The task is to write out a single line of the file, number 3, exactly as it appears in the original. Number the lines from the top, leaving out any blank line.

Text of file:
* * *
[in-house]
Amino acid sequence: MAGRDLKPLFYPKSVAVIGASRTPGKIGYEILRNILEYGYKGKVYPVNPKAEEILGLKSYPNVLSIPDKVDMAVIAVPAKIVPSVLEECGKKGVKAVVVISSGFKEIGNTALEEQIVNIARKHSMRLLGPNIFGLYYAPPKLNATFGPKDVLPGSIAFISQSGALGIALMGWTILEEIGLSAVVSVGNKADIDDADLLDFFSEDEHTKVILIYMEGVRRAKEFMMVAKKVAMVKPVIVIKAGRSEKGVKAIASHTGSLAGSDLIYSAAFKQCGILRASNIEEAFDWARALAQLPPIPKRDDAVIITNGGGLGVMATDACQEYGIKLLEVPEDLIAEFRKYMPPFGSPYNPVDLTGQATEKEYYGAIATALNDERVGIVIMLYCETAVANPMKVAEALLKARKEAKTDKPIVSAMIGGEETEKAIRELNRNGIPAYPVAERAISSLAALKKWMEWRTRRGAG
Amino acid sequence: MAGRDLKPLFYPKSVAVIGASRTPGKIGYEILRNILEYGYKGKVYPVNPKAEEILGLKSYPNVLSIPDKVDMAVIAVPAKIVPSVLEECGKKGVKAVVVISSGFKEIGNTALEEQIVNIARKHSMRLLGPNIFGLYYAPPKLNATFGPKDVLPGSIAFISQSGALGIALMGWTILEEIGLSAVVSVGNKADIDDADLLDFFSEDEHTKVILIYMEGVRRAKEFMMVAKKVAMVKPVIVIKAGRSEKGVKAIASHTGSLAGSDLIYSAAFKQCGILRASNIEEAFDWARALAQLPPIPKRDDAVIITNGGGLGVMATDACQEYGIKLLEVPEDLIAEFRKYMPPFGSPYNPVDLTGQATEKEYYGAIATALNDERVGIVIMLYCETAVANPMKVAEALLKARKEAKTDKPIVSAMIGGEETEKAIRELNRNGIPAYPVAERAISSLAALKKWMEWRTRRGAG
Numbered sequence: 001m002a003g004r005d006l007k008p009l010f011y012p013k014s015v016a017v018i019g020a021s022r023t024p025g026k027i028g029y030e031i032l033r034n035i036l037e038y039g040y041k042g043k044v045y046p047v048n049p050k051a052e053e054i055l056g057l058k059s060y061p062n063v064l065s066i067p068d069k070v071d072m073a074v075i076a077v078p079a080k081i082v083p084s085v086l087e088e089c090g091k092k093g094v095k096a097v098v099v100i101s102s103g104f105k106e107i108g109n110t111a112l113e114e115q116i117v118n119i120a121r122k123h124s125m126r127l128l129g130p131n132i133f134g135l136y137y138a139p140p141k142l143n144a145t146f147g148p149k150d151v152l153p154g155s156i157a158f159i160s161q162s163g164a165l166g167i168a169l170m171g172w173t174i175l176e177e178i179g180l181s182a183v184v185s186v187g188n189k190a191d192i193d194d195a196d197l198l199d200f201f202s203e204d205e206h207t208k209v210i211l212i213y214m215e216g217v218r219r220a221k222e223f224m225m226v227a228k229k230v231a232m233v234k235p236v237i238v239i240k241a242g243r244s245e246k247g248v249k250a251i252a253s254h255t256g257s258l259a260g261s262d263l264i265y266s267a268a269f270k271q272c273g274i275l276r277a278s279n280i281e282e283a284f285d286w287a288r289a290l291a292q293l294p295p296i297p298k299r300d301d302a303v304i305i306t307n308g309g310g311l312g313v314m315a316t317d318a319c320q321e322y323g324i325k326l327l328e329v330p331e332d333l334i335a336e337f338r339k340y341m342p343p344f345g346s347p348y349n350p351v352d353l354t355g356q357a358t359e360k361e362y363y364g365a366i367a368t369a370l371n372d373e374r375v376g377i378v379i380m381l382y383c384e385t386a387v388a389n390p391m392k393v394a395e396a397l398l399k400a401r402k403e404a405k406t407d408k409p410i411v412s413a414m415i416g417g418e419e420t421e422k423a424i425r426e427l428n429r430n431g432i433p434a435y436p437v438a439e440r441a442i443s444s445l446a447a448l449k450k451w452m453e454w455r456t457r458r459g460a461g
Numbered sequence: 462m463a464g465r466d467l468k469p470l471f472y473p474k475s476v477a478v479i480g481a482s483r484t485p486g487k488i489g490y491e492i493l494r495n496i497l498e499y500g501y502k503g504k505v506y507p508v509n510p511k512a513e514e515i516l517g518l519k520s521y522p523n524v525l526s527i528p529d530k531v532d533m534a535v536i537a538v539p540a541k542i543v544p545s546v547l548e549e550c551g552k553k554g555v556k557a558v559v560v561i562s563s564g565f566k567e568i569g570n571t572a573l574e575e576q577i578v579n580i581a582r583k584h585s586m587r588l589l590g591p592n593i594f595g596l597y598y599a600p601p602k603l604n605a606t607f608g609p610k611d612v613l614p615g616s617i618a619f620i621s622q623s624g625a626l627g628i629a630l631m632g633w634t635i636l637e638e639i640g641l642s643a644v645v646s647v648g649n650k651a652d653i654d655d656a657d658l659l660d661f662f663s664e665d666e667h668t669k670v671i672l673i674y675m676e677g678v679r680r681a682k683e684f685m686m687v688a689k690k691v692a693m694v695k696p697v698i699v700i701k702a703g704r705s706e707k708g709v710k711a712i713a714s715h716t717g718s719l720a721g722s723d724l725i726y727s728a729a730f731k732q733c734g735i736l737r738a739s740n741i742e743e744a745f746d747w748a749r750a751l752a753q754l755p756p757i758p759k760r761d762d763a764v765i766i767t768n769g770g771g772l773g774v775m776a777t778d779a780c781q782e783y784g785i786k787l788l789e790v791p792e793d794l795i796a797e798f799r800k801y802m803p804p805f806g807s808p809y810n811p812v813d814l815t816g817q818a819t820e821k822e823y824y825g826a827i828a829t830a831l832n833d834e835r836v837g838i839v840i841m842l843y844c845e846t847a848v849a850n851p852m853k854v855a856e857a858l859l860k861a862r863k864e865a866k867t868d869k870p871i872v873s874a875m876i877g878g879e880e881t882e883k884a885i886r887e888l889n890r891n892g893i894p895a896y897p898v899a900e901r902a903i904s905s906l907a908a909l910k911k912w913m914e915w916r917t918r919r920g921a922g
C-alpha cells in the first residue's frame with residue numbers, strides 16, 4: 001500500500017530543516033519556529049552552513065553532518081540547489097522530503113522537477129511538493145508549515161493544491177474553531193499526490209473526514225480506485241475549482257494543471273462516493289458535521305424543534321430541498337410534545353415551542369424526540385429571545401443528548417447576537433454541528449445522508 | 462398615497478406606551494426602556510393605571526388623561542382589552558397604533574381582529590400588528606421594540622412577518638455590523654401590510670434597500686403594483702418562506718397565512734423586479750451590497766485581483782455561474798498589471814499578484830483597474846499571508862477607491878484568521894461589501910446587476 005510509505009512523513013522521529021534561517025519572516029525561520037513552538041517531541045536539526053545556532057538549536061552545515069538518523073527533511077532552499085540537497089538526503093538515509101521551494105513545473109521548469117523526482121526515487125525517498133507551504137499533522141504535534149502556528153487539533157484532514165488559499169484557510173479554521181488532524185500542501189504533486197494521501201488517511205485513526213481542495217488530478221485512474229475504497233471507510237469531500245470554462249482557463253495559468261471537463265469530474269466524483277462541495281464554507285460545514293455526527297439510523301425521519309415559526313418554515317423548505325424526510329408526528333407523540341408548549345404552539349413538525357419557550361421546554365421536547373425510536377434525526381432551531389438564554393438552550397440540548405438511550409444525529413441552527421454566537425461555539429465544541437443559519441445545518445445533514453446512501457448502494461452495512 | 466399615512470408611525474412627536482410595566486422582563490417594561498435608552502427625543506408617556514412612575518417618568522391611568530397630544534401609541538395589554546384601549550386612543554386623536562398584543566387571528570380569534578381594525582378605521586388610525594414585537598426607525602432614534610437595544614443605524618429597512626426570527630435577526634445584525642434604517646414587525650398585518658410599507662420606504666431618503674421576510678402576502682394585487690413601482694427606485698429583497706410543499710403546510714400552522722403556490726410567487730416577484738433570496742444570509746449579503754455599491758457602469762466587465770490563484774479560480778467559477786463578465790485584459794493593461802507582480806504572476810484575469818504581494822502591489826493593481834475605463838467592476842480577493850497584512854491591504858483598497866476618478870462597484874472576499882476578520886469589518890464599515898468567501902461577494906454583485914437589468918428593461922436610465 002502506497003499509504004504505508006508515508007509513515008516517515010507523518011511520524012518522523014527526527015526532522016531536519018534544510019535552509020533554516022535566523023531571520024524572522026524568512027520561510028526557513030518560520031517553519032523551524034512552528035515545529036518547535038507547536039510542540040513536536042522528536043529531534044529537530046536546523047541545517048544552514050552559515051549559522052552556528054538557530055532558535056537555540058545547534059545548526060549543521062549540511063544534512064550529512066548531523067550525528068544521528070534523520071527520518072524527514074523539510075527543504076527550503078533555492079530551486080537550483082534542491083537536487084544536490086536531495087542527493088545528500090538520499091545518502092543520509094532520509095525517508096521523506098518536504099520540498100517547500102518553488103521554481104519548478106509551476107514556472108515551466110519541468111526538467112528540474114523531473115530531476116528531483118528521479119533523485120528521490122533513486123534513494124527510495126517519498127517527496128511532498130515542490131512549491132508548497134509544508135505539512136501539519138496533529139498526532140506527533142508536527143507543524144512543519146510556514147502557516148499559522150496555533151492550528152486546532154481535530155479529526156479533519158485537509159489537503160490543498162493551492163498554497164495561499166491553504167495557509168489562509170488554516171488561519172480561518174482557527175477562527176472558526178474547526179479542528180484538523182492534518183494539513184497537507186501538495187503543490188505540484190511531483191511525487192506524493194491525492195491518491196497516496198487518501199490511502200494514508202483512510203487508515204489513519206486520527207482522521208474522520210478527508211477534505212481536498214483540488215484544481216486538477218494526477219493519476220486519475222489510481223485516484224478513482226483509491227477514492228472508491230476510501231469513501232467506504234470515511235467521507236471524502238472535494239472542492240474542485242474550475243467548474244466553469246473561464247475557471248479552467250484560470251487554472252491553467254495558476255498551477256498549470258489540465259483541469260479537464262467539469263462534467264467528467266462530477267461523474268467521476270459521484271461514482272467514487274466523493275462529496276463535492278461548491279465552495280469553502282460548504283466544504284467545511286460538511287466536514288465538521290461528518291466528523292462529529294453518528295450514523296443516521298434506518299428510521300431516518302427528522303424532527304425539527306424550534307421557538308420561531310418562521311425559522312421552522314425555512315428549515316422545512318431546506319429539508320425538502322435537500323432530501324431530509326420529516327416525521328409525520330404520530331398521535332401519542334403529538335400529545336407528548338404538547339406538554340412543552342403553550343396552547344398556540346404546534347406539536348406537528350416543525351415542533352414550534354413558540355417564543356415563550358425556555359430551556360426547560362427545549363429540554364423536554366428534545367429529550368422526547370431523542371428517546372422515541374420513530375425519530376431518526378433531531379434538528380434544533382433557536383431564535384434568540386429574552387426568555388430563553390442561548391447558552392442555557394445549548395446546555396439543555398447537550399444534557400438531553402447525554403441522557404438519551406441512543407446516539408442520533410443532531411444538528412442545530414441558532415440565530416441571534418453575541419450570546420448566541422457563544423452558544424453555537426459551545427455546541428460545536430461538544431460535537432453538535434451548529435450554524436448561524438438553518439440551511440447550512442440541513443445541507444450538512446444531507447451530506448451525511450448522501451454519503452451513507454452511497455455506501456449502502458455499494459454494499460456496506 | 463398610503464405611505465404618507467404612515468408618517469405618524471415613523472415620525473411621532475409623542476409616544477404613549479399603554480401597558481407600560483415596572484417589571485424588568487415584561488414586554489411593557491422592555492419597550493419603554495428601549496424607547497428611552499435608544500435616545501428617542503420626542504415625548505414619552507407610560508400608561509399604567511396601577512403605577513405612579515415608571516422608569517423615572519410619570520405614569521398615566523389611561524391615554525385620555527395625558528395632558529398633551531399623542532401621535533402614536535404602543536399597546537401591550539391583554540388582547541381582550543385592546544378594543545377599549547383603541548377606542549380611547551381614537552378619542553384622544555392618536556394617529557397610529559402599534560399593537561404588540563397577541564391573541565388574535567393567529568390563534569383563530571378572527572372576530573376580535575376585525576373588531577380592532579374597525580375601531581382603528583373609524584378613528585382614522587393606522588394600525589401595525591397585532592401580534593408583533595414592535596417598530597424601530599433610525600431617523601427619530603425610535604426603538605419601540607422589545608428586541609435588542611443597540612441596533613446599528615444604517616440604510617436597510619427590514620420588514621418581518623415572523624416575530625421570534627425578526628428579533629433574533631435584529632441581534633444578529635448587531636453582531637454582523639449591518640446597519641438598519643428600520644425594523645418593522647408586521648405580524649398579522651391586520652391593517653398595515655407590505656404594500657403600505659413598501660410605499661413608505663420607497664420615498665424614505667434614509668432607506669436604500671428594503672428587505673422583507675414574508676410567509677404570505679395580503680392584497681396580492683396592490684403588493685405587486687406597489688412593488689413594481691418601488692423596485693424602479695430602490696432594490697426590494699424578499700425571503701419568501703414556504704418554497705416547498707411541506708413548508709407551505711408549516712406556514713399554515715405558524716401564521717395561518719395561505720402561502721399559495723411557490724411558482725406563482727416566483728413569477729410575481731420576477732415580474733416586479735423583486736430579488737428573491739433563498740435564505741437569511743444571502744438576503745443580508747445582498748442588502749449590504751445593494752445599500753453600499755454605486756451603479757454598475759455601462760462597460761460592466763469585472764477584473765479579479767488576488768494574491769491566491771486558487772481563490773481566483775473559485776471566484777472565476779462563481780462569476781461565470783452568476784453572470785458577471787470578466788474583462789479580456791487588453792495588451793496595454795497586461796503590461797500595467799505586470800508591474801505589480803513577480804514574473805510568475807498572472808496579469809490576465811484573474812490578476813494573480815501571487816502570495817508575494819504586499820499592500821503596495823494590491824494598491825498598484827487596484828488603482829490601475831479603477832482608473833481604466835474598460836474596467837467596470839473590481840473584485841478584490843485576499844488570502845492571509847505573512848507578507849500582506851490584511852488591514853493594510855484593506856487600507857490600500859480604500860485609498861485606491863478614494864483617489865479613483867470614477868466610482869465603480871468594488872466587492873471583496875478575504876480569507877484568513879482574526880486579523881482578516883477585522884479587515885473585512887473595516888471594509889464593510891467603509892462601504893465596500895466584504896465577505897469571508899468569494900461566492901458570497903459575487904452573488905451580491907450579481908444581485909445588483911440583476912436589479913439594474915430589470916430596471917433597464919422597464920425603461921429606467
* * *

Amino acid sequence: MAGRDLKPLFYPKSVAVIGASRTPGKIGYEILRNILEYGYKGKVYPVNPKAEEILGLKSYPNVLSIPDKVDMAVIAVPAKIVPSVLEECGKKGVKAVVVISSGFKEIGNTALEEQIVNIARKHSMRLLGPNIFGLYYAPPKLNATFGPKDVLPGSIAFISQSGALGIALMGWTILEEIGLSAVVSVGNKADIDDADLLDFFSEDEHTKVILIYMEGVRRAKEFMMVAKKVAMVKPVIVIKAGRSEKGVKAIASHTGSLAGSDLIYSAAFKQCGILRASNIEEAFDWARALAQLPPIPKRDDAVIITNGGGLGVMATDACQEYGIKLLEVPEDLIAEFRKYMPPFGSPYNPVDLTGQATEKEYYGAIATALNDERVGIVIMLYCETAVANPMKVAEALLKARKEAKTDKPIVSAMIGGEETEKAIRELNRNGIPAYPVAERAISSLAALKKWMEWRTRRGAG